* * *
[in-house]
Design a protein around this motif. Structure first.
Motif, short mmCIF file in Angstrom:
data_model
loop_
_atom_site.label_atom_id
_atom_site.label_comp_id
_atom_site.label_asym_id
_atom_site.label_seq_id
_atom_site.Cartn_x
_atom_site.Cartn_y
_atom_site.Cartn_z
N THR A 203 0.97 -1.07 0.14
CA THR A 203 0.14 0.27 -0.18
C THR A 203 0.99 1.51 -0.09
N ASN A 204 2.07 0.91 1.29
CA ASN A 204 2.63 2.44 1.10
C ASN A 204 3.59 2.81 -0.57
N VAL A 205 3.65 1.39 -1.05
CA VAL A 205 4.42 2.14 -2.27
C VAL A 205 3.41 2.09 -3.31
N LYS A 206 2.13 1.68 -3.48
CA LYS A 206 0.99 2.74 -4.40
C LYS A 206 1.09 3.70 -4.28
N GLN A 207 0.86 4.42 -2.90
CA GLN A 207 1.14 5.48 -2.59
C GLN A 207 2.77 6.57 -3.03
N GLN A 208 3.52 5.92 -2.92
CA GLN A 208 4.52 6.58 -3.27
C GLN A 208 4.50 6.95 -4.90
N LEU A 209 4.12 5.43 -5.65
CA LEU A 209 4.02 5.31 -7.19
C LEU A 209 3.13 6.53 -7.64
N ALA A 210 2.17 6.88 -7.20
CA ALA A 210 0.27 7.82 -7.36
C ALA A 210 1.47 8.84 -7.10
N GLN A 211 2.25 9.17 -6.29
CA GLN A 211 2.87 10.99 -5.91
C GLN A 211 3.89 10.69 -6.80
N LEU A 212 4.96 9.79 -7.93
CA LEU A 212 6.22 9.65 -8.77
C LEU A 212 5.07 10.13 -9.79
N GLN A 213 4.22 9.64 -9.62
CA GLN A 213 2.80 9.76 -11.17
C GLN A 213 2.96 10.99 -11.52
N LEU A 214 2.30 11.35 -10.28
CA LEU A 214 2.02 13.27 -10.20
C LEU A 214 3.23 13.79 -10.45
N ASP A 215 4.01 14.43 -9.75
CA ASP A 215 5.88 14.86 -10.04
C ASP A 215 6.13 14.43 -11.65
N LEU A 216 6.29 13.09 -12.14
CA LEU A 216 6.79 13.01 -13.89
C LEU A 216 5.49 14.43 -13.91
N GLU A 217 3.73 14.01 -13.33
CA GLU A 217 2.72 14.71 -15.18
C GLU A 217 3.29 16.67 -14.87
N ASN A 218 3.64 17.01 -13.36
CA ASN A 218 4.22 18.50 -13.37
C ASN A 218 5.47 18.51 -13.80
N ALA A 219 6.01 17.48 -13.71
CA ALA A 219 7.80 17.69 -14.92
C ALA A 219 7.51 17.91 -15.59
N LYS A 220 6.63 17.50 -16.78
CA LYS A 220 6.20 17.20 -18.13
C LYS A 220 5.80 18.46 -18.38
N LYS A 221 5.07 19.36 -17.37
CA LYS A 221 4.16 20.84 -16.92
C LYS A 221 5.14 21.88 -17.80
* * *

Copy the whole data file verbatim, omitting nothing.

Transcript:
[in-house]
Design a protein around this motif. Structure first.
Motif, short mmCIF file in Angstrom:
data_model
loop_
_atom_site.label_atom_id
_atom_site.label_comp_id
_atom_site.label_asym_id
_atom_site.label_seq_id
_atom_site.Cartn_x
_atom_site.Cartn_y
_atom_site.Cartn_z
N THR A 203 0.97 -1.07 0.14
CA THR A 203 0.14 0.27 -0.18
C THR A 203 0.99 1.51 -0.09
N ASN A 204 2.07 0.91 1.29
CA ASN A 204 2.63 2.44 1.10
C ASN A 204 3.59 2.81 -0.57
N VAL A 205 3.65 1.39 -1.05
CA VAL A 205 4.42 2.14 -2.27
C VAL A 205 3.41 2.09 -3.31
N LYS A 206 2.13 1.68 -3.48
CA LYS A 206 0.99 2.74 -4.40
C LYS A 206 1.09 3.70 -4.28
N GLN A 207 0.86 4.42 -2.90
CA GLN A 207 1.14 5.48 -2.59
C GLN A 207 2.77 6.57 -3.03
N GLN A 208 3.52 5.92 -2.92
CA GLN A 208 4.52 6.58 -3.27
C GLN A 208 4.50 6.95 -4.90
N LEU A 209 4.12 5.43 -5.65
CA LEU A 209 4.02 5.31 -7.19
C LEU A 209 3.13 6.53 -7.64
N ALA A 210 2.17 6.88 -7.20
CA ALA A 210 0.27 7.82 -7.36
C ALA A 210 1.47 8.84 -7.10
N GLN A 211 2.25 9.17 -6.29
CA GLN A 211 2.87 10.99 -5.91
C GLN A 211 3.89 10.69 -6.80
N LEU A 212 4.96 9.79 -7.93
CA LEU A 212 6.22 9.65 -8.77
C LEU A 212 5.07 10.13 -9.79
N GLN A 213 4.22 9.64 -9.62
CA GLN A 213 2.80 9.76 -11.17
C GLN A 213 2.96 10.99 -11.52
N LEU A 214 2.30 11.35 -10.28
CA LEU A 214 2.02 13.27 -10.20
C LEU A 214 3.23 13.79 -10.45
N ASP A 215 4.01 14.43 -9.75
CA ASP A 215 5.88 14.86 -10.04
C ASP A 215 6.13 14.43 -11.65
N LEU A 216 6.29 13.09 -12.14
CA LEU A 216 6.79 13.01 -13.89
C LEU A 216 5.49 14.43 -13.91
N GLU A 217 3.73 14.01 -13.33
CA GLU A 217 2.72 14.71 -15.18
C GLU A 217 3.29 16.67 -14.87
N ASN A 218 3.64 17.01 -13.36
CA ASN A 218 4.22 18.50 -13.37
C ASN A 218 5.47 18.51 -13.80
N ALA A 219 6.01 17.48 -13.71
CA ALA A 219 7.80 17.69 -14.92
C ALA A 219 7.51 17.91 -15.59
N LYS A 220 6.63 17.50 -16.78
CA LYS A 220 6.20 17.20 -18.13
C LYS A 220 5.80 18.46 -18.38
N LYS A 221 5.07 19.36 -17.37
CA LYS A 221 4.16 20.84 -16.92
C LYS A 221 5.14 21.88 -17.80